That’s what an op-ed piece in the Washington Post this morning is demanding.
Fitzgerald, a highly respected federal prosecutor from Chicago, was given the task of investigating whether Bush administration officials had violated the Intelligence Identities Protection Act by “leaking” the identity of CIA employee Valerie Plame.
It is clear that, at least by sometime in January 2004 — and probably much earlier — Fitzgerald knew this law had not been violated. Plame was not a “covert” agent but a bureaucrat working at CIA headquarters. Instead of closing shop, however, Fitzgerald sought an expansion of his mandate and has now charged offenses that grew entirely out of the investigation itself. In other words, there was no crime when the investigation started, only, allegedly, after it finished. Unfortunately, for special counsels, as under the code of the samurai, once the sword is drawn it must taste blood.
Do you see this? The authors are saying that Plame wasn’t covert,
but Fitzgerald is saying she is. Who’s right people? (A commenter points out that he said she was classified, not necessarily covert. Thanks for the catch.)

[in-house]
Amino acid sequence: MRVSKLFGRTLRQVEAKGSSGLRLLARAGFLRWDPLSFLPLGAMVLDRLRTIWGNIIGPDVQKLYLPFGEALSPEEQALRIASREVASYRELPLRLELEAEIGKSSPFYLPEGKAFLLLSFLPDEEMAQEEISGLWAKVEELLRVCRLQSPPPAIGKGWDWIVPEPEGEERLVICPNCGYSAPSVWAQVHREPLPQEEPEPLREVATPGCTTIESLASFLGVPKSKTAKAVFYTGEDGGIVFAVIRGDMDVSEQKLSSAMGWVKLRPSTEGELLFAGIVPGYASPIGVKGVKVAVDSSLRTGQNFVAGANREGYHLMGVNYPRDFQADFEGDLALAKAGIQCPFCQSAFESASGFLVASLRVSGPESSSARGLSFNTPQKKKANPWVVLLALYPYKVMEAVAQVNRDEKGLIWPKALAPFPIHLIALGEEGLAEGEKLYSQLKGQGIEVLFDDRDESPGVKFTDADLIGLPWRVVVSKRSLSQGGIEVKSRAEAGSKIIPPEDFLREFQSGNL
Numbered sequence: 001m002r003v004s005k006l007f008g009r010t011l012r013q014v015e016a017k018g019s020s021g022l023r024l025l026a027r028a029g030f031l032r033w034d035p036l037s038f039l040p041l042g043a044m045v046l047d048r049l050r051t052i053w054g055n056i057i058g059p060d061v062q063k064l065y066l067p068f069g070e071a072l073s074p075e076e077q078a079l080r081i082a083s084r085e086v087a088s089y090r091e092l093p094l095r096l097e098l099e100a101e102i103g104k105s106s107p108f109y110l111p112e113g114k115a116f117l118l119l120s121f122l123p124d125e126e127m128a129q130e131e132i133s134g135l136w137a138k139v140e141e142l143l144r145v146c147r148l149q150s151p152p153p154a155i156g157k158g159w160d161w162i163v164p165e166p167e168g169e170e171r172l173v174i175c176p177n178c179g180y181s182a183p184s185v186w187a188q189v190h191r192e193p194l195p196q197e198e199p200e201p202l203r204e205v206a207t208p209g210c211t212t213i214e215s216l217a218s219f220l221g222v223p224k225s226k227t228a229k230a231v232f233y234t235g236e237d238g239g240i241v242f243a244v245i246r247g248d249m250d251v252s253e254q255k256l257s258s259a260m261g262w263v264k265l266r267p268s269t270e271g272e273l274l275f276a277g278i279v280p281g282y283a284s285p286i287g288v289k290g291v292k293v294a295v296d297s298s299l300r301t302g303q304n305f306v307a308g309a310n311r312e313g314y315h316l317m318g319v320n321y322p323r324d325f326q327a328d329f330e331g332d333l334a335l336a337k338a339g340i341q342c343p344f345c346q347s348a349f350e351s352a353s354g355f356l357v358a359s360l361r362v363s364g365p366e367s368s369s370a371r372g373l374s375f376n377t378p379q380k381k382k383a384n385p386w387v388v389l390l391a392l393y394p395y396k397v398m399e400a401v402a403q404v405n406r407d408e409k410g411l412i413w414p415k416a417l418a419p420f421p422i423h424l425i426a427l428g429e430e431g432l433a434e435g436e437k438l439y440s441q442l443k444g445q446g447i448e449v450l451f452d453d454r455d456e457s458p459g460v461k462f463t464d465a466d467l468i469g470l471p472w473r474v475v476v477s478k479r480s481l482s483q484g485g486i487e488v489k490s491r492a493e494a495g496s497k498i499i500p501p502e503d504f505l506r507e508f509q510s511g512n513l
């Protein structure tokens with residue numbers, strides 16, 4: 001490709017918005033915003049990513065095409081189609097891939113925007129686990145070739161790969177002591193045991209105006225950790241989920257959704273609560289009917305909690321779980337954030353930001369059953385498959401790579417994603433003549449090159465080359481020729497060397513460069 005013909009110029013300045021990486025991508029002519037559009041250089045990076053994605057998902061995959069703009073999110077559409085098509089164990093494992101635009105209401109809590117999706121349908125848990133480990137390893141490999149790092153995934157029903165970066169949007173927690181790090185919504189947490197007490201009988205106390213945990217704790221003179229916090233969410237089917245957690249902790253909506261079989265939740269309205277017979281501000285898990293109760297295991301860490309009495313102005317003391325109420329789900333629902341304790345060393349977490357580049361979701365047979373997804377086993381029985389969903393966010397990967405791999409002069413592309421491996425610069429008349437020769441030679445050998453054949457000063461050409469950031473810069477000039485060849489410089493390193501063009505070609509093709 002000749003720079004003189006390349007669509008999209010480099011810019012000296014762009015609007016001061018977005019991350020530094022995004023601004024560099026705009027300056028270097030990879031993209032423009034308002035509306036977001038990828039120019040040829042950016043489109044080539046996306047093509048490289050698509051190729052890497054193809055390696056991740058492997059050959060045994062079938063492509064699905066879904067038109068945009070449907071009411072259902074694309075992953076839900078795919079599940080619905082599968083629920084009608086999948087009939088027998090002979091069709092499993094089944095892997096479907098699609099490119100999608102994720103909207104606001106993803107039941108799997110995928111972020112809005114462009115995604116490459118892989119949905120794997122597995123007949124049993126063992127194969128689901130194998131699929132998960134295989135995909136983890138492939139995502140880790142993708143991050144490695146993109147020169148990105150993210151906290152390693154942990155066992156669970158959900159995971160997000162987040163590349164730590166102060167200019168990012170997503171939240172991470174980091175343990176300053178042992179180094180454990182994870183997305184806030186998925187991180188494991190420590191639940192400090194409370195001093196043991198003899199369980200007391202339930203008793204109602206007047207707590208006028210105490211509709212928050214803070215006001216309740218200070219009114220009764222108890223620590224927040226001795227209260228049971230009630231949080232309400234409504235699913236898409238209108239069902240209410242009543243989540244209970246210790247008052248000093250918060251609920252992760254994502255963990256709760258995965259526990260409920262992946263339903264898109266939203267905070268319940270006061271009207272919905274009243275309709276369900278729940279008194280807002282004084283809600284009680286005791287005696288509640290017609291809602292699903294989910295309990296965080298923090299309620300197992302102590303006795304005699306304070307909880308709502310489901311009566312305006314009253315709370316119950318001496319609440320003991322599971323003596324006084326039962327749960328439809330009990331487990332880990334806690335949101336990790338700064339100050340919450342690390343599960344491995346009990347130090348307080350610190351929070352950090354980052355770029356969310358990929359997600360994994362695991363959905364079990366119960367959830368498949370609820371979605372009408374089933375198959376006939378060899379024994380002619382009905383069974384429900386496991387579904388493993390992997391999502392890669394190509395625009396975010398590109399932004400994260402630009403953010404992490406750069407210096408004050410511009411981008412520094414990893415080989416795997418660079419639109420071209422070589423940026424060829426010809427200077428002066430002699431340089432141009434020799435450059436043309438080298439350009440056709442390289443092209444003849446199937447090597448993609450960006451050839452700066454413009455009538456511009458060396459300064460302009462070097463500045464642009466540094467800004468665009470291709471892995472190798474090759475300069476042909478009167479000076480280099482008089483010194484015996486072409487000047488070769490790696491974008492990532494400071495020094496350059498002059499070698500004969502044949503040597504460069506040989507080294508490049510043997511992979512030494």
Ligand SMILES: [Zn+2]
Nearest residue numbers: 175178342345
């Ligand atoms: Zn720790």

However, this is an interesting point:
By being assigned to investigate one individual, or a small group, the prosecutor is deprived of normal constraints such as resource limitations and the perspective of having to choose from a range of cases to pursue. Another vital missing ingredient is supervision. Normally federal prosecutors have political superiors who review their decisions. This is supposed to be the case even with special counsels. Unfortunately, for reasons that are not entirely clear — but that may have involved some buck-passing by Justice Department officials — Fitzgerald was specifically excused from even this minimal check on his power and as a consequence was accountable only to himself.
What do you think?